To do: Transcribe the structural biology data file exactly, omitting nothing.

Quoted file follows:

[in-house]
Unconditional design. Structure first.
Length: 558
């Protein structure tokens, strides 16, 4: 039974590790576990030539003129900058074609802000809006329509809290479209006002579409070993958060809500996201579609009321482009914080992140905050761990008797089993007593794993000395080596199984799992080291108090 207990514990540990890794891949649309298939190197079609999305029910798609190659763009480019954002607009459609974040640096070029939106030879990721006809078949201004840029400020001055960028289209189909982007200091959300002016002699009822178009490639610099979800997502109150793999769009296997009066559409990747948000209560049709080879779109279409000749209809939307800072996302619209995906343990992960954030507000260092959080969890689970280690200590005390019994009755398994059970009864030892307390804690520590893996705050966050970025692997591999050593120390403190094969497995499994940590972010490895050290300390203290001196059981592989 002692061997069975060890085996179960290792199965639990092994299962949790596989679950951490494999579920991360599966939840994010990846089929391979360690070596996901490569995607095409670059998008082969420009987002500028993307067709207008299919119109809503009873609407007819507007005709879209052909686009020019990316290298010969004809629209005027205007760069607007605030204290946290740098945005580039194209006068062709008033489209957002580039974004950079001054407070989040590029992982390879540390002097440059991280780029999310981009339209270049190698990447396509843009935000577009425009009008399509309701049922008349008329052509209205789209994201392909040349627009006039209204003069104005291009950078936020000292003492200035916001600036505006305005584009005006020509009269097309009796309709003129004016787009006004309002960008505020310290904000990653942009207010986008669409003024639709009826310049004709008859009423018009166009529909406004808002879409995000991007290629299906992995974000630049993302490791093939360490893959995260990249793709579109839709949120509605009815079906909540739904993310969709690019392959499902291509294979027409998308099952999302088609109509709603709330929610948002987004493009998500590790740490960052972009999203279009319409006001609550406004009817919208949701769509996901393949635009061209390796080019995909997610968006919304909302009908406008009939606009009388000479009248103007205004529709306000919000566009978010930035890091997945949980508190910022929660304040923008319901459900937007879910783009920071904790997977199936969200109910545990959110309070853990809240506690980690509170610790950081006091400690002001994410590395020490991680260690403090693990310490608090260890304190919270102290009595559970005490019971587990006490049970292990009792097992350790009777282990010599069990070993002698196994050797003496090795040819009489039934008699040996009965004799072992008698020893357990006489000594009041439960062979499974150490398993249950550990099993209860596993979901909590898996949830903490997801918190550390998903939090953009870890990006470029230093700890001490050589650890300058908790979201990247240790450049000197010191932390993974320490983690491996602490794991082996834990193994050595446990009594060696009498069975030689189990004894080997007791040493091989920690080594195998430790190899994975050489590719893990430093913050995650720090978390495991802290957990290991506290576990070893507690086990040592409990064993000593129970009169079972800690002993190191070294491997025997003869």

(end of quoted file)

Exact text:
[in-house]
Unconditional design. Structure first.
Length: 558
């Protein structure tokens, strides 16, 4: 039974590790576990030539003129900058074609802000809006329509809290479209006002579409070993958060809500996201579609009321482009914080992140905050761990008797089993007593794993000395080596199984799992080291108090 207990514990540990890794891949649309298939190197079609999305029910798609190659763009480019954002607009459609974040640096070029939106030879990721006809078949201004840029400020001055960028289209189909982007200091959300002016002699009822178009490639610099979800997502109150793999769009296997009066559409990747948000209560049709080879779109279409000749209809939307800072996302619209995906343990992960954030507000260092959080969890689970280690200590005390019994009755398994059970009864030892307390804690520590893996705050966050970025692997591999050593120390403190094969497995499994940590972010490895050290300390203290001196059981592989 002692061997069975060890085996179960290792199965639990092994299962949790596989679950951490494999579920991360599966939840994010990846089929391979360690070596996901490569995607095409670059998008082969420009987002500028993307067709207008299919119109809503009873609407007819507007005709879209052909686009020019990316290298010969004809629209005027205007760069607007605030204290946290740098945005580039194209006068062709008033489209957002580039974004950079001054407070989040590029992982390879540390002097440059991280780029999310981009339209270049190698990447396509843009935000577009425009009008399509309701049922008349008329052509209205789209994201392909040349627009006039209204003069104005291009950078936020000292003492200035916001600036505006305005584009005006020509009269097309009796309709003129004016787009006004309002960008505020310290904000990653942009207010986008669409003024639709009826310049004709008859009423018009166009529909406004808002879409995000991007290629299906992995974000630049993302490791093939360490893959995260990249793709579109839709949120509605009815079906909540739904993310969709690019392959499902291509294979027409998308099952999302088609109509709603709330929610948002987004493009998500590790740490960052972009999203279009319409006001609550406004009817919208949701769509996901393949635009061209390796080019995909997610968006919304909302009908406008009939606009009388000479009248103007205004529709306000919000566009978010930035890091997945949980508190910022929660304040923008319901459900937007879910783009920071904790997977199936969200109910545990959110309070853990809240506690980690509170610790950081006091400690002001994410590395020490991680260690403090693990310490608090260890304190919270102290009595559970005490019971587990006490049970292990009792097992350790009777282990010599069990070993002698196994050797003496090795040819009489039934008699040996009965004799072992008698020893357990006489000594009041439960062979499974150490398993249950550990099993209860596993979901909590898996949830903490997801918190550390998903939090953009870890990006470029230093700890001490050589650890300058908790979201990247240790450049000197010191932390993974320490983690491996602490794991082996834990193994050595446990009594060696009498069975030689189990004894080997007791040493091989920690080594195998430790190899994975050489590719893990430093913050995650720090978390495991802290957990290991506290576990070893507690086990040592409990064993000593129970009169079972800690002993190191070294491997025997003869």